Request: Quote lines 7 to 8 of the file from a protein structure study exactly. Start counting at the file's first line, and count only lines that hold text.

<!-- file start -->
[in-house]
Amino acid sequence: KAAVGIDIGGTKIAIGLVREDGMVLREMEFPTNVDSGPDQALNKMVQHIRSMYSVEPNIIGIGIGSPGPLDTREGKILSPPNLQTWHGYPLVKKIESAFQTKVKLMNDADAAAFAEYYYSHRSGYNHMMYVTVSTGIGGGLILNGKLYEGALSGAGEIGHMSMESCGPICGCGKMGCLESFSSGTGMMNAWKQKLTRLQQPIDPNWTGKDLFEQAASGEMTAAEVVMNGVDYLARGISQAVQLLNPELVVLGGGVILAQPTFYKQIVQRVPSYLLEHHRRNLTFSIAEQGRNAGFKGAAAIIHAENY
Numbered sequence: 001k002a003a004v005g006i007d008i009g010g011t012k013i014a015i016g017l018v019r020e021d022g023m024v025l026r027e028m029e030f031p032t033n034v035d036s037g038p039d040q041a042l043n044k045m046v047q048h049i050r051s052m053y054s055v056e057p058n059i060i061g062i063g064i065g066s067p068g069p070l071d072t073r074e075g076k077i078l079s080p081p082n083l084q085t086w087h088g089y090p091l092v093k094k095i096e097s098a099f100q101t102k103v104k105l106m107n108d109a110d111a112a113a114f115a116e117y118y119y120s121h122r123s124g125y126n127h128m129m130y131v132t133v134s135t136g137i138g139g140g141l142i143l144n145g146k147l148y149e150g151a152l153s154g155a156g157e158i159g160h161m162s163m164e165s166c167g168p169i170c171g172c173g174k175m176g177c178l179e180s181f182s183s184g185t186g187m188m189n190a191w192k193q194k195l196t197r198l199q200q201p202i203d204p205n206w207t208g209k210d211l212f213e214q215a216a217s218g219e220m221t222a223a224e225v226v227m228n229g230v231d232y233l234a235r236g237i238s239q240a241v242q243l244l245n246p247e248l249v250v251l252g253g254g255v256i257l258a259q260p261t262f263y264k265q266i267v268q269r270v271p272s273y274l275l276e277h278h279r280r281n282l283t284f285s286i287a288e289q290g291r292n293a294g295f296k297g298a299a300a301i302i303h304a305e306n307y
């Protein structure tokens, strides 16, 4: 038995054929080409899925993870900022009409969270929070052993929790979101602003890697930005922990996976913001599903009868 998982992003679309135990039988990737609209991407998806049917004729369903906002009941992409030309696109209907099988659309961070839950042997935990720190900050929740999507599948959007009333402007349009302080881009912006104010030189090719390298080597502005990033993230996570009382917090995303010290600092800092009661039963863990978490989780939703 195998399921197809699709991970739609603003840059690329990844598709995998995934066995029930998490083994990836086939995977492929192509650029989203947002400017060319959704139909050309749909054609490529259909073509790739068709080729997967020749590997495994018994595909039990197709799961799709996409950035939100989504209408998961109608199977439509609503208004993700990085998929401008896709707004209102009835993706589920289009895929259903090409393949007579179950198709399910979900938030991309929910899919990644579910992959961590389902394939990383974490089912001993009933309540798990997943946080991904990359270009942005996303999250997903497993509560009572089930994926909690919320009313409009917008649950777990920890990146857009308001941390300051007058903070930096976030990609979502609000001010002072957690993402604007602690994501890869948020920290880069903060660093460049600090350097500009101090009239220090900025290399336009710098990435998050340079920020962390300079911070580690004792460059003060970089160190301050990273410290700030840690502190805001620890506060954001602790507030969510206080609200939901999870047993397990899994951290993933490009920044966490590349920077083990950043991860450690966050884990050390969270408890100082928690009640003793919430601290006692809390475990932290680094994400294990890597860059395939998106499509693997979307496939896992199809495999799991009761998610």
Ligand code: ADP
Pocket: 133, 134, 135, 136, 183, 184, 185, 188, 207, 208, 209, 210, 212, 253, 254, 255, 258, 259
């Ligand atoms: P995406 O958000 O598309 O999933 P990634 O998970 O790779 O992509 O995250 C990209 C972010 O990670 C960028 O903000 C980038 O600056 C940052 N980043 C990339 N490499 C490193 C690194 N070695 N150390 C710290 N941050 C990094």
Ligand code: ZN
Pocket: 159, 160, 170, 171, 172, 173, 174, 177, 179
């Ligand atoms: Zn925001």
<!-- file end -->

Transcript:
């Ligand atoms: P995406 O958000 O598309 O999933 P990634 O998970 O790779 O992509 O995250 C990209 C972010 O990670 C960028 O903000 C980038 O600056 C940052 N980043 C990339 N490499 C490193 C690194 N070695 N150390 C710290 N941050 C990094």
Ligand code: ZN